Incredible Aerial View of State, War and Navy Building From Washington Monument in 1911

How amazing is this beautiful photo from 1911? Click on it for a much larger, detailed version.

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Circa 1911, landmarks include, from left, Memorial Continental Hall (headquarters of the Daughters of the American Revolution); the Corcoran Gallery of Art; State, War and Navy Building; and White House West Wingtip. 8x10 inch glass negative, Detroit Publishing Company.
Circa 1911, landmarks include, from left, Memorial Continental Hall (headquarters of the Daughters of the American Revolution); the Corcoran Gallery of Art; State, War and Navy Building; and White House West Wingtip. 8×10 inch glass negative, Detroit Publishing Company.

Source: Shorpy

About Tom

Tom founded Ghosts of DC on January 4th, 2012 as a blog to uncover the lost and untold history of Washington, D.C. He has lived in the city for over a decade and loves exploring every corner of the District.

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  • tassojunior

    White House not in photo. Just part of the west wing.

  • capsfan333

    It’s interesting to see the DAR Memorial Continental Hall before Constitution Hall & the building between were added. I always figured they were built at the same time.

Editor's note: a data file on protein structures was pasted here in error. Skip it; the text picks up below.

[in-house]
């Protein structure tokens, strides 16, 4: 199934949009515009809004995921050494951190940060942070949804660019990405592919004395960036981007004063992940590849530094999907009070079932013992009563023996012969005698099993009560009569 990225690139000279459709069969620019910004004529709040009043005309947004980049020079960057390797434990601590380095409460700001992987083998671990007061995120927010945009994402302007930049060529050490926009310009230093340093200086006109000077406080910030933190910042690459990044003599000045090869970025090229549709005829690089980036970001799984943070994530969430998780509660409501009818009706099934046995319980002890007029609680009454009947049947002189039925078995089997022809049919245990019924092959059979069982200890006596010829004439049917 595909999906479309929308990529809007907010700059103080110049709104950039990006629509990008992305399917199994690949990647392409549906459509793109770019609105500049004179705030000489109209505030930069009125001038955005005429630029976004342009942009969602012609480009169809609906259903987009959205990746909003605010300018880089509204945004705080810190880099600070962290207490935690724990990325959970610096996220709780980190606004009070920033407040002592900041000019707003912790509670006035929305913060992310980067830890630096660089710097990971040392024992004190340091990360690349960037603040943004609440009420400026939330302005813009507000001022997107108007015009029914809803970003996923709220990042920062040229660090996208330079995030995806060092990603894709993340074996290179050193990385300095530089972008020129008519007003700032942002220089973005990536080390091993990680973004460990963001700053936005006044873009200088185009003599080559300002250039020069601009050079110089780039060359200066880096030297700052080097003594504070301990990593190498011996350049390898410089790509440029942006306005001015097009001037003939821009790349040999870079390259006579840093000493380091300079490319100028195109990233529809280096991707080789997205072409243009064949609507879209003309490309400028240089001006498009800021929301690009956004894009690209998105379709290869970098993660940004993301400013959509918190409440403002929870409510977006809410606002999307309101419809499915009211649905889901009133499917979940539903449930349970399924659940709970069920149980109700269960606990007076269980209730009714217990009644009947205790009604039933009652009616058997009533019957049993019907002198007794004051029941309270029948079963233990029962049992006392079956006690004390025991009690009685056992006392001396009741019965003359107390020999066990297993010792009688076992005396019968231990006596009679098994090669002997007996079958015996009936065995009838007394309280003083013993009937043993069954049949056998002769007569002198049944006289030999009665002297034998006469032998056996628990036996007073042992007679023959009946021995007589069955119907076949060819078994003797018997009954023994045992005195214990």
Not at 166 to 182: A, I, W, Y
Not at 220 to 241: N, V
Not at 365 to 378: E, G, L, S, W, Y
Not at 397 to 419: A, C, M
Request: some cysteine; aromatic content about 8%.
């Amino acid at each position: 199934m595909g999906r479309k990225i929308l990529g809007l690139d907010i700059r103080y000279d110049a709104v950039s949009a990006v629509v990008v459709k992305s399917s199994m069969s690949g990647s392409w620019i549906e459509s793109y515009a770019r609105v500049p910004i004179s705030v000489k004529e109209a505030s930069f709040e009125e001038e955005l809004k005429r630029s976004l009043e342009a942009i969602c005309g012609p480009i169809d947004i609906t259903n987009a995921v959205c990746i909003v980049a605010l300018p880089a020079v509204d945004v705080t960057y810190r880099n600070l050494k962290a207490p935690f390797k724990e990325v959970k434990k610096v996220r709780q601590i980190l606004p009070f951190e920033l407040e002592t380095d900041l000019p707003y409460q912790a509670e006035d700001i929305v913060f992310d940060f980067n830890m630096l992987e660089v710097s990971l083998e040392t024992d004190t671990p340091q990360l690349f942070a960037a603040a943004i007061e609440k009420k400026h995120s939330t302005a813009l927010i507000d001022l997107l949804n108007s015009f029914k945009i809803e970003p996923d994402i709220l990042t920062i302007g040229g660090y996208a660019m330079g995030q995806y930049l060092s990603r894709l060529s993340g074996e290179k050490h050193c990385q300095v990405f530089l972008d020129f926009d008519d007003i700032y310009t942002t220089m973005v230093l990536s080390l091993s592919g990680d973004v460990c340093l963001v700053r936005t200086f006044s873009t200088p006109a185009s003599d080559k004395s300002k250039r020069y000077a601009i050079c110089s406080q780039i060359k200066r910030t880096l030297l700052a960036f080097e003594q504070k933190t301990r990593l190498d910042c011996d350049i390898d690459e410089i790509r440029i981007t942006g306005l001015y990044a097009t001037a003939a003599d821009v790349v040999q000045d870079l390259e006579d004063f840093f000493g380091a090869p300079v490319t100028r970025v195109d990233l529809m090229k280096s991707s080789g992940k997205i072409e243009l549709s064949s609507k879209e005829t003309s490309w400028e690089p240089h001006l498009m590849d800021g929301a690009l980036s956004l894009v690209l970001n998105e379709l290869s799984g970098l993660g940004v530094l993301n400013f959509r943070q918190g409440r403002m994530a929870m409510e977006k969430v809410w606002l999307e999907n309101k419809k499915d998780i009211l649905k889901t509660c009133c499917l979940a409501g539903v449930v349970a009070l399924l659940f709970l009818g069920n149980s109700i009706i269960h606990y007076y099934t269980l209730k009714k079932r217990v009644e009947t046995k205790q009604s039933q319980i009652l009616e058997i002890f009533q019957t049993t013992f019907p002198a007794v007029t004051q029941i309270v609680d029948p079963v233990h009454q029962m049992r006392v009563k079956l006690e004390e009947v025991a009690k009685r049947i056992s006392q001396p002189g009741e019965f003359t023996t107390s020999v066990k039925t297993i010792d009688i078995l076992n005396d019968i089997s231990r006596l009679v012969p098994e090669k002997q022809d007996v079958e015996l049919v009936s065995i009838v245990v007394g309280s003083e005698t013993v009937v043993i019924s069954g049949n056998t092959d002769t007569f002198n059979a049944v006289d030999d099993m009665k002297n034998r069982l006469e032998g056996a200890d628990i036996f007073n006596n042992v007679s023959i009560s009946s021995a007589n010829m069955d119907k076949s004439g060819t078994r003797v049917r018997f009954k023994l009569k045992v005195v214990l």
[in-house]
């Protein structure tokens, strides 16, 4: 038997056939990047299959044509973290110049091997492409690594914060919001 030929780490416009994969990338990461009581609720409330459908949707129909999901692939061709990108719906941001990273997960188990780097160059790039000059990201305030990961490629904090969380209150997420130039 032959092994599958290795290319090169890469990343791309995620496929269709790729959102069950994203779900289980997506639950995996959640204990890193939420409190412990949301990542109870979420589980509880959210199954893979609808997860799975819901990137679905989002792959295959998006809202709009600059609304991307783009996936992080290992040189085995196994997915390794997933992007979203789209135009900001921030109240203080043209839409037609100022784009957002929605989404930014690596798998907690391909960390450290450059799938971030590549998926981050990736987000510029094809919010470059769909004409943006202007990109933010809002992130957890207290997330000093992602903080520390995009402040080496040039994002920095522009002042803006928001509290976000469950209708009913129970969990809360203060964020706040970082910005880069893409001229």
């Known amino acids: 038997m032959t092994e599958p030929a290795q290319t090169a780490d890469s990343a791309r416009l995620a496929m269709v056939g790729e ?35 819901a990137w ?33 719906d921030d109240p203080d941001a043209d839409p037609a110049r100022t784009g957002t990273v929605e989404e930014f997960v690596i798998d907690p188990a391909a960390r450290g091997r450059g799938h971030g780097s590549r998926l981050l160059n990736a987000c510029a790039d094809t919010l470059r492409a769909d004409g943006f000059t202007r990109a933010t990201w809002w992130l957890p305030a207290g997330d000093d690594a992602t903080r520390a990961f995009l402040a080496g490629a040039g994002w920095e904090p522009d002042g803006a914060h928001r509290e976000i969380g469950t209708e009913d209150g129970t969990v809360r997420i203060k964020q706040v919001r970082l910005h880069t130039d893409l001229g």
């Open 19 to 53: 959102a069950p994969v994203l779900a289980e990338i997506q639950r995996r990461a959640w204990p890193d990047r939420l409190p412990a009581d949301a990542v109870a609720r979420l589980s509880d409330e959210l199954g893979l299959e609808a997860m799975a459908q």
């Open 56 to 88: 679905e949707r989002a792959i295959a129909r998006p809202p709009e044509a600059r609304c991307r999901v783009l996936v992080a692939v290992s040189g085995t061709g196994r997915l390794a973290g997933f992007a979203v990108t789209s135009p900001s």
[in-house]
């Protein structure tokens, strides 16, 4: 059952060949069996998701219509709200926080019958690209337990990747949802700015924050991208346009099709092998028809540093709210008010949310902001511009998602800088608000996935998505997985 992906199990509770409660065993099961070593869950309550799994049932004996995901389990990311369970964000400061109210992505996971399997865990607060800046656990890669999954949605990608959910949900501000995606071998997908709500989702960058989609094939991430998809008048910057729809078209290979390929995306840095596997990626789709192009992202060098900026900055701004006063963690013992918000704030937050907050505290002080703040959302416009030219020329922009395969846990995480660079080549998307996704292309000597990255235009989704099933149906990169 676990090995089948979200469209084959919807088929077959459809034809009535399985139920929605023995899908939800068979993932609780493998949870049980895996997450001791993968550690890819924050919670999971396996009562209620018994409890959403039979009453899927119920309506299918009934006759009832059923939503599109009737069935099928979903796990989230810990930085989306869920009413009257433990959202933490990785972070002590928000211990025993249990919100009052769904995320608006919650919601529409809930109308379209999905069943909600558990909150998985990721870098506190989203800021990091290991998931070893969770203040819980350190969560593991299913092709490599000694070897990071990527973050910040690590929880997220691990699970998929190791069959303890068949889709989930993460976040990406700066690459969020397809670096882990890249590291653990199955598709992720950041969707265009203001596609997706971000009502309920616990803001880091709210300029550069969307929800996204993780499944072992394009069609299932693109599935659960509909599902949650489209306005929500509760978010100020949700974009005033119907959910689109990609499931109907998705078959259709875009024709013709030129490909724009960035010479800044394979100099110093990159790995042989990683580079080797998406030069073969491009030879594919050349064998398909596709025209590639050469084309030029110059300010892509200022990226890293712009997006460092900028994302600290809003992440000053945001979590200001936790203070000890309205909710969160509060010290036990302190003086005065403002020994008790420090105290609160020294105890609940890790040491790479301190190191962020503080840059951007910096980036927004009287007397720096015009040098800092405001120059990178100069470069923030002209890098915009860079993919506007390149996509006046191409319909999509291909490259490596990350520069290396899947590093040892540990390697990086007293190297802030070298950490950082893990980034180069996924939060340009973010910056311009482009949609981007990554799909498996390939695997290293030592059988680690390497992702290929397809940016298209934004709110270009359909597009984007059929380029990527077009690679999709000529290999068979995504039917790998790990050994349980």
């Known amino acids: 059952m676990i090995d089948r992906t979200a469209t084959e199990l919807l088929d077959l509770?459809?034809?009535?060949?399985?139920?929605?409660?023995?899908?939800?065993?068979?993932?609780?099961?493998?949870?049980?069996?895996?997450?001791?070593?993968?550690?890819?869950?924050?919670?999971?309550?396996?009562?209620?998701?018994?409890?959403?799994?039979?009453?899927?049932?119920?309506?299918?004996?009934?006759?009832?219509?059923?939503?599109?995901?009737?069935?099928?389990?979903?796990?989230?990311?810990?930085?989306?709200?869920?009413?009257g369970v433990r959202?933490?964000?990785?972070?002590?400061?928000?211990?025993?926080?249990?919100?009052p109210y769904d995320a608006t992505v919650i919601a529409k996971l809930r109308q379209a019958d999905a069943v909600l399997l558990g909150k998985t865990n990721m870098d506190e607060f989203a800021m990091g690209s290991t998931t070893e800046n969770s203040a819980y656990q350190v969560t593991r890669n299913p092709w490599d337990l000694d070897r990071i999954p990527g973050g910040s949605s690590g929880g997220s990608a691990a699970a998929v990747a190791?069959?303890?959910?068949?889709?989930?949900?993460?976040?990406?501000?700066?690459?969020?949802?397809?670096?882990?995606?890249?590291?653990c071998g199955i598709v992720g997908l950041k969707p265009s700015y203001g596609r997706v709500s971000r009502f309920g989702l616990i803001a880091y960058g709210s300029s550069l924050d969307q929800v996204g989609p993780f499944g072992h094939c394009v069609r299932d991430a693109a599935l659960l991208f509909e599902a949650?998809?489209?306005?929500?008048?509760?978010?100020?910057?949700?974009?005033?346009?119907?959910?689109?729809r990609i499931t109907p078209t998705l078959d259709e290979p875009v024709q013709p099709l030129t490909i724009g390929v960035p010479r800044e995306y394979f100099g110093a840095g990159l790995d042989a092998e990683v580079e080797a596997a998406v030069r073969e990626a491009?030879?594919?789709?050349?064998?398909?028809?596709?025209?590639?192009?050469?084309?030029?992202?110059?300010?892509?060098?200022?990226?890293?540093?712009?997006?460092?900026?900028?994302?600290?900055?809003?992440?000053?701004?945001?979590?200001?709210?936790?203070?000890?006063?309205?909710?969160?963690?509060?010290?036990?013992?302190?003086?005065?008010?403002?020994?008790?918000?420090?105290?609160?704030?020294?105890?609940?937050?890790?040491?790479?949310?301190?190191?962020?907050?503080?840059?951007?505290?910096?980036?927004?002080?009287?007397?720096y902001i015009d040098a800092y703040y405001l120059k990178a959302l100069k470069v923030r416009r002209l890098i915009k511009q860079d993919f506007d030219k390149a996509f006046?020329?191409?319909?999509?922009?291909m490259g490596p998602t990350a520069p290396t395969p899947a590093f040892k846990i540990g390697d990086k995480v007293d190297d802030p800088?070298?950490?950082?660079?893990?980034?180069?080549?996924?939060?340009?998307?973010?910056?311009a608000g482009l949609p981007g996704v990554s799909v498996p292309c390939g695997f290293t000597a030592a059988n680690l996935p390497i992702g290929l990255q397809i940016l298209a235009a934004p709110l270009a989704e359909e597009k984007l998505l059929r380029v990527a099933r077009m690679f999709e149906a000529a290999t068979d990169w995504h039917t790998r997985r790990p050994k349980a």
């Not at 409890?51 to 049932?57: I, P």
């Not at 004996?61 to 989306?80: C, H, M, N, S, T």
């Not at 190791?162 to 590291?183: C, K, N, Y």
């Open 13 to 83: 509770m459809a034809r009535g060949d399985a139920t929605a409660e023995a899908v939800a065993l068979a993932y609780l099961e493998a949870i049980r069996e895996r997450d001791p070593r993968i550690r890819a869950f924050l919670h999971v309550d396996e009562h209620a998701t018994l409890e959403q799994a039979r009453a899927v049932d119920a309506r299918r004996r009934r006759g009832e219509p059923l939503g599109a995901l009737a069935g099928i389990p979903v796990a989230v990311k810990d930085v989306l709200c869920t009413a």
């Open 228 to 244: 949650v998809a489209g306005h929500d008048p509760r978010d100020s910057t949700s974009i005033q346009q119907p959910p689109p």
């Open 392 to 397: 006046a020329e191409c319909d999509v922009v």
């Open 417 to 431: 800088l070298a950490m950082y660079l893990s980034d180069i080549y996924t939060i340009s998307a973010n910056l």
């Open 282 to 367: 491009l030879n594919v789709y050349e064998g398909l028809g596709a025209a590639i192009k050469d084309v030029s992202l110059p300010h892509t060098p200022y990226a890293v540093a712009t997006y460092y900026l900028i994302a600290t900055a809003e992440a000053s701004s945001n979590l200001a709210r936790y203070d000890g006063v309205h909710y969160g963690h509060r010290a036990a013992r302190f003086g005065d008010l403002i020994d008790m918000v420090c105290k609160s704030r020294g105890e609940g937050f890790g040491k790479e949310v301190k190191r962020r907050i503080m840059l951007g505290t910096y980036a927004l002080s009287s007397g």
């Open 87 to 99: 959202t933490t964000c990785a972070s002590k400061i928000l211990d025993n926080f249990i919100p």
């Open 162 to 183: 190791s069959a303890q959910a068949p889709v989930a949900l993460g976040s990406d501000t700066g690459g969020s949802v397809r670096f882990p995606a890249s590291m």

• Paul Wahler

    I was curious about the structure across 17th from the Corcoran, so I zoomed in on it. I am guessing it is a stable from the look of it, although at the end of the horse era. But then I noticed the number of people all in white shirts north of that building and south of State, War and Navy. I believe they are playing a little pick-up game of baseball. What do you think?

  • Publius Washingtoniensis

    For Paul Wahler: Yes, the elegant little building with the Mansard roof across from the Corcoran was the White House Mews, or stables. It was demolished during the 20s, I think, after the presidential coaches and horses were retired for Packards and Pierce Arrows. In the UK, the Royal family kept all its carriages and old cars, some of which is always on display at the Royal Mews. I wonder what became of the presidential horse-powered rolling stock.

  • ET

    This picture just reminds you how undeveloped DC was. That area is nothing but office buildings now. Back then you are seeing a lot of residences interspersed with nothing.